Director: Joseph Kosinksi
Cast: Tom Cruise, Andrea Riseborough, Olga Kurylenko, Morgan Freeman, Melissa Leo
Running Time: 126 minutes
Release Date: April 10th
Some 60 years after a devastating war between earthlings and aliens, mankind are hoping for a new beginning on Titan, Saturn’s biggest moon. Two people left behind to work on clean-up duties for earth are Jack (Tom Cruise) who maintains “pods”, robots that are on earth to kill the remaining handful of “scav” aliens; and his girlfriend and colleague, Victoria (Andrea Riseborough). Jack is suffering from amnesia, and dreams of a life on earth that may not have existed, while Victoria is looking forward to ending the assignment and joining the rest of mankind. Needless to say, neither Jack nor Victoria knows the whole story…
This is a full-on sci fi movie, as opposed to an action movie that happens to be set in the future. On the plus side, this means that there’s a genuine sense of mystery and an elaborate futurescape created. However, it also means that the film is bogged down a little with exposition about where the story is now and what the film’s internal rules are. Once the story kicks in, though, it’s an engaging thriller—mixing elements of hardcore sci fi with a teasing conspiracy thriller.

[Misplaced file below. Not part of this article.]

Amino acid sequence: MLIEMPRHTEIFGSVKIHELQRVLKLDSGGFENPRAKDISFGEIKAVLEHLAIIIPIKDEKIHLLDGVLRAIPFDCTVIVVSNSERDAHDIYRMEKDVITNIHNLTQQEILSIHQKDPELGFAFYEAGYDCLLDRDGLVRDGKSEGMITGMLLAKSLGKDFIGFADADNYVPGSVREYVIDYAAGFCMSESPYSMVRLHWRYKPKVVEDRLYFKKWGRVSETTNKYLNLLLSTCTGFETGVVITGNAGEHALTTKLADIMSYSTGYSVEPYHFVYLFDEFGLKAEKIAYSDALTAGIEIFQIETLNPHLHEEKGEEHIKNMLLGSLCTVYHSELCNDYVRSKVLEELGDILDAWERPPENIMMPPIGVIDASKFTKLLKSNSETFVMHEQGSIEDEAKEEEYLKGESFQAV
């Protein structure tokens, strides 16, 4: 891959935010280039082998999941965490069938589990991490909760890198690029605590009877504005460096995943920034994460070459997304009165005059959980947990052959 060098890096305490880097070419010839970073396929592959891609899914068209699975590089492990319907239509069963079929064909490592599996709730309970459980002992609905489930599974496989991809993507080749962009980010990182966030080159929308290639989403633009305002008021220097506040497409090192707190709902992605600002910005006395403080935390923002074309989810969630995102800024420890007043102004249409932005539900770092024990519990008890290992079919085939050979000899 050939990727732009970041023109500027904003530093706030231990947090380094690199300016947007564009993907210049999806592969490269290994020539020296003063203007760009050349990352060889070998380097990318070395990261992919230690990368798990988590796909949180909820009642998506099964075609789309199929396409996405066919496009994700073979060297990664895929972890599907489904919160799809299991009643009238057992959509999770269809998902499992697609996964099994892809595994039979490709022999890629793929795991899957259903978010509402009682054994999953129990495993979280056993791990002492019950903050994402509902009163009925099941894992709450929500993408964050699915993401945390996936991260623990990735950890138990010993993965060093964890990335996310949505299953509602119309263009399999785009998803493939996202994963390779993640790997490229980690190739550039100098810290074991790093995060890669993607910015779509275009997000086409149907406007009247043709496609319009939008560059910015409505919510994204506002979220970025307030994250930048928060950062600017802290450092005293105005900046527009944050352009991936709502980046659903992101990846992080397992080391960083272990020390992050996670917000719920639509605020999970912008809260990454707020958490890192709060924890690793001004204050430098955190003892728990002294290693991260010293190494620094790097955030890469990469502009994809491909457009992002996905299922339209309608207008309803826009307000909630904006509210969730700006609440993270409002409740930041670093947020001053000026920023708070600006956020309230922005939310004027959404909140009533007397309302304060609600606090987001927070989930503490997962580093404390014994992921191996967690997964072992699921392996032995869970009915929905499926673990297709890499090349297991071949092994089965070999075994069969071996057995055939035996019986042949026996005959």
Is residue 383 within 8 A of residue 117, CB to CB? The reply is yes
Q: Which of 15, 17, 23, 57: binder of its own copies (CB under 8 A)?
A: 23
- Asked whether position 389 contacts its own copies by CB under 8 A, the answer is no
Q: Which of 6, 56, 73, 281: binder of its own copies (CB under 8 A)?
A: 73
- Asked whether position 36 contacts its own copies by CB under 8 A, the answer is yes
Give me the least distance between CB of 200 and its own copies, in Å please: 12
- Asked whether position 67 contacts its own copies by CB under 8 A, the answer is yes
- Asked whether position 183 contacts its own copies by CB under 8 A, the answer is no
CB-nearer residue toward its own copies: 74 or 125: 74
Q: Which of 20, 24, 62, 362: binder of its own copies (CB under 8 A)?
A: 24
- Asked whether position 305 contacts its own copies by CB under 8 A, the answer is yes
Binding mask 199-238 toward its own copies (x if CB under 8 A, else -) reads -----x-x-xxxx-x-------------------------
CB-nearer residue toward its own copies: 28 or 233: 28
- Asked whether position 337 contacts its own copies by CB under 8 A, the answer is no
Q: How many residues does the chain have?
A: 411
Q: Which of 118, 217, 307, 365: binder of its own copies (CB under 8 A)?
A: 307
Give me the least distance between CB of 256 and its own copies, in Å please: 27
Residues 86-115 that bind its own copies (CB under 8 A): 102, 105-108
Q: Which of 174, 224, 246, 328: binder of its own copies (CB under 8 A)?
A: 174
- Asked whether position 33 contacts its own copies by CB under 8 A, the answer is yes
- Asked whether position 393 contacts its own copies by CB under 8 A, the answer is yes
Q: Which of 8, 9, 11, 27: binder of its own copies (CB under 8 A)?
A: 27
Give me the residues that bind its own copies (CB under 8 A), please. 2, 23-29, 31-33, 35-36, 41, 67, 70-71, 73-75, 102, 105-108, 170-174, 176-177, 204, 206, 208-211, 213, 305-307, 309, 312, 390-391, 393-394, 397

Joseph Kosinksi also made Tron Legacy, so unsurprisingly this is a stylish piece of work. It’s also a more satisfying film overall than his debut, thanks to some nice acting and a decent story.
Oblivion is stylistically similar to a lot of sci fi in the past few years, including Wall-E (to which this film owes a big debt) and the Portal videogames. The shadow of Apple design looms large in all of these films, with glistening white products and touch-screens in every corner. The monstrous “drones”, spherical little death stars that stalk what’s left of the earth are both menacing and weird, not least because of their distorted digital sound effects that make them sound like grouchy, bug-filled computers.
Tom Cruise can nearly do this sort of role in his sleep, but he does it well—playing a dutiful, stoic and nostalgic blue-collar worker. Whatever one thinks of his personal life, or those embarrassingly softball TV interviews, he still has the presence and vulnerability that made him an icon.
Elsewhere, Andrea Riseborough is appealing as his first love interest, if unambiguous; Morgan Freeman is ideal as the earth-dweller whose motives are an enigma; and Olga Kurylenko has little to do but look gorgeous, a task that she achieves effortlessly.
For better and worse, Oblivion keeps its cards close to its chest for quite a while; at first it’s enticing and mysterious, but eventually you just want to know the hows and whys. There are a handful of twists, only about half of which offer genuine surprises. It’s a good looking film, though, and the final act is satisfying, making for an entertaining, attractive, but imperfect sci fi epic.